User:JamesM: Difference between revisions

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* Branko Sesa: [[Sesa]]
* Branko Sesa: [[Sesa]]
* Svend Bang: [[Löfberg]] (revised for clarity and new images)
* Svend Bang: [[Löfberg]] (revised for clarity and new images)
* Nathan Armentrout: [[Armentrout]] (new gallery and layout)
* Michele Brentegani: [[Brentegani Pipe]]

=== Articles under construction ===
=== Articles under construction ===

Revision as of 22:23, 5 December 2023

My name is James. I figured I would make this page simply to keep track of the articles I have contributed to in any significant way.That way, readers will know who to blame.

Jokes aside, if any of the articles below do contain errors or anything of the sort, feel free to let me know. If you do not have a Pipedia account, please send any suggestions for revisions or additions to

Some autobiographical remarks

I am relatively uninteresting, but I feel somewhat compelled to write a few sentences about myself and why I have a Pipedia account in the first place.

I am an academic researcher in socio-economics, and at present I am completing a doctoral dissertation in the social sciences. I am also a pipe smoker and an amateur pipe collector. I don't know if I could call myself more than an amateur regarding the latter, having seen some of the veritable museums other collectors have amassed. But perhaps as time goes on I will be able to go semi-pro. Maybe I will add a few photos of my favorite pieces here at some point. we will see.

I enjoy reading about pipe makers and pipe history, often while I am having my evening smoke. I am especially interested in what has come to be called the 'Danish,' or 'Scandinavian,' tradition in pipe making, which carries on to this day in the shapes and styles of many artisans around the world. This interest is what brought me to Pipedia, which has aided my understanding of historical and contemporary pipe making more than any other resource (though, it should be said that there are indeed many other excellent resources, both online and in print). I myself have wanted to write about pipes for a long time, though my thoughts on the subject, coming from a place of far less experience than those who typically write these things, are likely to be comparatively short-sighted and shallow.

But I still wanted to contribute. So, instead of trying to formulate general theories or narratives about pipe making and its surrounding culture, I decided I would simply undertake the more modest endeavor of gap-filling. By this I mean researching and cataloging aspects of pipe making that are not yet documented, such as contemporary artisans who have not yet been written about on Pipedia. One does not have to be Gregory Pease or Jan Anderson to have noticed the explosion of artisan pipe making that has occurred in recent decades. While there are fewer and fewer pipe companies as the years go on, there are more individual pipe makers than ever before. There are, therefore, more pipe makers to learn about, and thus to be written about in order to facilitate this learning. It is not merely the case that there are thousands of pipe makers out there all making the same pipes, using the same techniques, either. Progress is still being made on aesthetic and technical fronts; pipe makers are experimenting with new approaches to form and new approaches to function, sometimes yielding spectacular and ingenious results. I have, therefore, been adding - where possible - articles about some of the most notable contemporary artisan pipe makers that I have come across, usually with the immense help of information provided by the artisans themselves.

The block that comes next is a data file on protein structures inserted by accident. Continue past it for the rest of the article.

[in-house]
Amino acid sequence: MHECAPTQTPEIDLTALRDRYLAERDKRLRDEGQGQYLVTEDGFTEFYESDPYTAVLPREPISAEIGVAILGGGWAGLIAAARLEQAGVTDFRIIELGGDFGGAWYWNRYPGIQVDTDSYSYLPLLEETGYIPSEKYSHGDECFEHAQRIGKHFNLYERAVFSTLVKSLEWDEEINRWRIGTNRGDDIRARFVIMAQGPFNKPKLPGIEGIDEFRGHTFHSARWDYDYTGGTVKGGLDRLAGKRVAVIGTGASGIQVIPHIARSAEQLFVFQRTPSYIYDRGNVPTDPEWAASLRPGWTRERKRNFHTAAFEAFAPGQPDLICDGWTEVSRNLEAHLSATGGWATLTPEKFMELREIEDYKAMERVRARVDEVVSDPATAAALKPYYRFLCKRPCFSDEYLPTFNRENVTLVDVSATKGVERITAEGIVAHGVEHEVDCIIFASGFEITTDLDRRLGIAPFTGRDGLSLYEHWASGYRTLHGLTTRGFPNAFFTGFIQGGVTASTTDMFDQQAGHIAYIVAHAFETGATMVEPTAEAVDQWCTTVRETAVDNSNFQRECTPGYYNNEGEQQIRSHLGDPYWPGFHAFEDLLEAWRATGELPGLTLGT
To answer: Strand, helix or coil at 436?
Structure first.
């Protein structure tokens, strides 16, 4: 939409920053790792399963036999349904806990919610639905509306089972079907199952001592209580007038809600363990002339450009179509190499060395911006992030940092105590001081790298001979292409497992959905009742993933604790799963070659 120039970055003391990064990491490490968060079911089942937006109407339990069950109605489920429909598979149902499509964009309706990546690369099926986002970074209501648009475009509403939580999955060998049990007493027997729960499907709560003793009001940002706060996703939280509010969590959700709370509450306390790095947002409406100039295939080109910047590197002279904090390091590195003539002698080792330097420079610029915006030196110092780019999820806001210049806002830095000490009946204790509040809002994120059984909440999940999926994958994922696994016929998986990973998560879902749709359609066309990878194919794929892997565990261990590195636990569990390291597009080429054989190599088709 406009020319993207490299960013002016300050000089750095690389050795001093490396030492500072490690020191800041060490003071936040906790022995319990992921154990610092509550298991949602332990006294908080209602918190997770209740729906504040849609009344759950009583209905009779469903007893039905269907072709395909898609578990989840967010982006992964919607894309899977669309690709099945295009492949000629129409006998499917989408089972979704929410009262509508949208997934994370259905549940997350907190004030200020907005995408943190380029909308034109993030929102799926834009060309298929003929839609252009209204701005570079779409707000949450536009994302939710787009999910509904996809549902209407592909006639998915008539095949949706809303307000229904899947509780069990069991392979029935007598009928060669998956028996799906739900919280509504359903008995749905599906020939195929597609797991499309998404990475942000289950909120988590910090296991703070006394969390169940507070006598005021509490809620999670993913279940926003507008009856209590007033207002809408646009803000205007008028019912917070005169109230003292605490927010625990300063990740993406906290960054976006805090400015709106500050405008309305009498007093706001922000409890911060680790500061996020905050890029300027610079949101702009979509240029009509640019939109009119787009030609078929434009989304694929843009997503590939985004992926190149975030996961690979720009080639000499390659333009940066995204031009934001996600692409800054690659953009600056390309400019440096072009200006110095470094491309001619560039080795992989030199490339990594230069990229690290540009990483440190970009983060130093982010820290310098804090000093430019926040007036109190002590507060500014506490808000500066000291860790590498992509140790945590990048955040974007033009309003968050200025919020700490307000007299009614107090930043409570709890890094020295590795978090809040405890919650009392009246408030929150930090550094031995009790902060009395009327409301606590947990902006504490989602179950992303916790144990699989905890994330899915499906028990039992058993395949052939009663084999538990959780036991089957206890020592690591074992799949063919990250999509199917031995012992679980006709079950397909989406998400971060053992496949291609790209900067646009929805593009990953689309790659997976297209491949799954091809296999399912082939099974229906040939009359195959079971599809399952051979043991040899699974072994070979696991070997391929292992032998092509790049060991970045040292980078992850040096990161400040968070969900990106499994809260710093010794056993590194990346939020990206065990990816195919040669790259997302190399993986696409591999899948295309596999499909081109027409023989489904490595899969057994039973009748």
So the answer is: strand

Articles added/substantially revised to date:

Articles under construction


At present I use a standardized questionnaire to gather information for the creation of new Pipedia articles about individual pipe makers. A PDF version of this questionnaire, which has text boxes that can be filled out by recipients using a PDF editor (or printed out and written by hand) can be found here.